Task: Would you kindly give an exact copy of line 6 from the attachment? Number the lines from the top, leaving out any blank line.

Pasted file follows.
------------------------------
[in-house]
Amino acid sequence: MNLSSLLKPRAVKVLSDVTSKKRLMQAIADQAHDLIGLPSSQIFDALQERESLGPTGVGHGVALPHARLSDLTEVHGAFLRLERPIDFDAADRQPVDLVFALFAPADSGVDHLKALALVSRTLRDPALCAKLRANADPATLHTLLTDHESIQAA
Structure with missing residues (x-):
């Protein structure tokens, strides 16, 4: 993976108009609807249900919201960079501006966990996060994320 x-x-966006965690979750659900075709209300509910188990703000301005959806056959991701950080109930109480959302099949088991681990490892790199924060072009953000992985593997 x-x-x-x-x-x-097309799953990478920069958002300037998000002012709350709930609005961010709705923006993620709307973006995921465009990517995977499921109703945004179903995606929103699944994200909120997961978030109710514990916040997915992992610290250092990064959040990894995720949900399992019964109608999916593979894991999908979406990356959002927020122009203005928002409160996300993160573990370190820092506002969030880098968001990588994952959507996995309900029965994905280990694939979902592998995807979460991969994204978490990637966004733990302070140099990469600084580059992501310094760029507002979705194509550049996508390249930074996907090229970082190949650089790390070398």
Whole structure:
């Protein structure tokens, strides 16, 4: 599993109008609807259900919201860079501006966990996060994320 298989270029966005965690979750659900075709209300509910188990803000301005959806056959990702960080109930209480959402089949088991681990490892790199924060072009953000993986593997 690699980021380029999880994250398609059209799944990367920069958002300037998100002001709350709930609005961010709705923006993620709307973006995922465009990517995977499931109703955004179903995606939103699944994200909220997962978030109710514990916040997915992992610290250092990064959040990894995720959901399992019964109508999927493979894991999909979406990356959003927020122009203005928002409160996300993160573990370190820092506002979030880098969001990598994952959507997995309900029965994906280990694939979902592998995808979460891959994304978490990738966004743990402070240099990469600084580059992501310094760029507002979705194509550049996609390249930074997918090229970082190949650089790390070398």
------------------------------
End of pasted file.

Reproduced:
């Protein structure tokens, strides 16, 4: 599993109008609807259900919201860079501006966990996060994320 298989270029966005965690979750659900075709209300509910188990803000301005959806056959990702960080109930209480959402089949088991681990490892790199924060072009953000993986593997 690699980021380029999880994250398609059209799944990367920069958002300037998100002001709350709930609005961010709705923006993620709307973006995922465009990517995977499931109703955004179903995606939103699944994200909220997962978030109710514990916040997915992992610290250092990064959040990894995720959901399992019964109508999927493979894991999909979406990356959003927020122009203005928002409160996300993160573990370190820092506002979030880098969001990598994952959507997995309900029965994906280990694939979902592998995808979460891959994304978490990738966004743990402070240099990469600084580059992501310094760029507002979705194509550049996609390249930074997918090229970082190949650089790390070398």